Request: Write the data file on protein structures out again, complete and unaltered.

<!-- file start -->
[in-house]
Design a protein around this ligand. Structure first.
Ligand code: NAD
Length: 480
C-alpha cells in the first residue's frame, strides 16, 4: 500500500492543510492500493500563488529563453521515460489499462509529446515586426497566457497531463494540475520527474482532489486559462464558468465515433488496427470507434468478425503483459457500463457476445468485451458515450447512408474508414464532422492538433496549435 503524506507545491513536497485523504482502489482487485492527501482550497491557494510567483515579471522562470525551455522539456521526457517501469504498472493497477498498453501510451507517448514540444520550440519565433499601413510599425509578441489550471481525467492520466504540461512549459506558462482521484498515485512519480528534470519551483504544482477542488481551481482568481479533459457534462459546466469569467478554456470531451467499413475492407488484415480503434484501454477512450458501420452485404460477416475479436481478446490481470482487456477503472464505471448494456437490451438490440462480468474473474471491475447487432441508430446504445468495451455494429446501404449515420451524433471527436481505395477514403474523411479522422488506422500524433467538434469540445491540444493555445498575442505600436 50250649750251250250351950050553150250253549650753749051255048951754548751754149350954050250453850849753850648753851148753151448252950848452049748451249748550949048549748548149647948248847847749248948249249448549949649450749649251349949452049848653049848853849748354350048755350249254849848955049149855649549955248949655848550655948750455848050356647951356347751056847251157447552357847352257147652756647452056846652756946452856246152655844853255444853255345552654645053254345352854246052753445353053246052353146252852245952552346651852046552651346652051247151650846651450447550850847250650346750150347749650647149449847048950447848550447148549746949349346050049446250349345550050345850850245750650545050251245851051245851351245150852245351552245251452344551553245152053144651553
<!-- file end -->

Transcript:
[in-house]
Design a protein around this ligand. Structure first.
Ligand code: NAD
Length: 480
C-alpha cells in the first residue's frame, strides 16, 4: 500500500492543510492500493500563488529563453521515460489499462509529446515586426497566457497531463494540475520527474482532489486559462464558468465515433488496427470507434468478425503483459457500463457476445468485451458515450447512408474508414464532422492538433496549435 503524506507545491513536497485523504482502489482487485492527501482550497491557494510567483515579471522562470525551455522539456521526457517501469504498472493497477498498453501510451507517448514540444520550440519565433499601413510599425509578441489550471481525467492520466504540461512549459506558462482521484498515485512519480528534470519551483504544482477542488481551481482568481479533459457534462459546466469569467478554456470531451467499413475492407488484415480503434484501454477512450458501420452485404460477416475479436481478446490481470482487456477503472464505471448494456437490451438490440462480468474473474471491475447487432441508430446504445468495451455494429446501404449515420451524433471527436481505395477514403474523411479522422488506422500524433467538434469540445491540444493555445498575442505600436 50250649750251250250351950050553150250253549650753749051255048951754548751754149350954050250453850849753850648753851148753151448252950848452049748451249748550949048549748548149647948248847847749248948249249448549949649450749649251349949452049848653049848853849748354350048755350249254849848955049149855649549955248949655848550655948750455848050356647951356347751056847251157447552357847352257147652756647452056846652756946452856246152655844853255444853255345552654645053254345352854246052753445353053246052353146252852245952552346651852046552651346652051247151650846651450447550850847250650346750150347749650647149449847048950447848550447148549746949349346050049446250349345550050345850850245750650545050251245851051245851351245150852245351552245251452344551553245152053144651553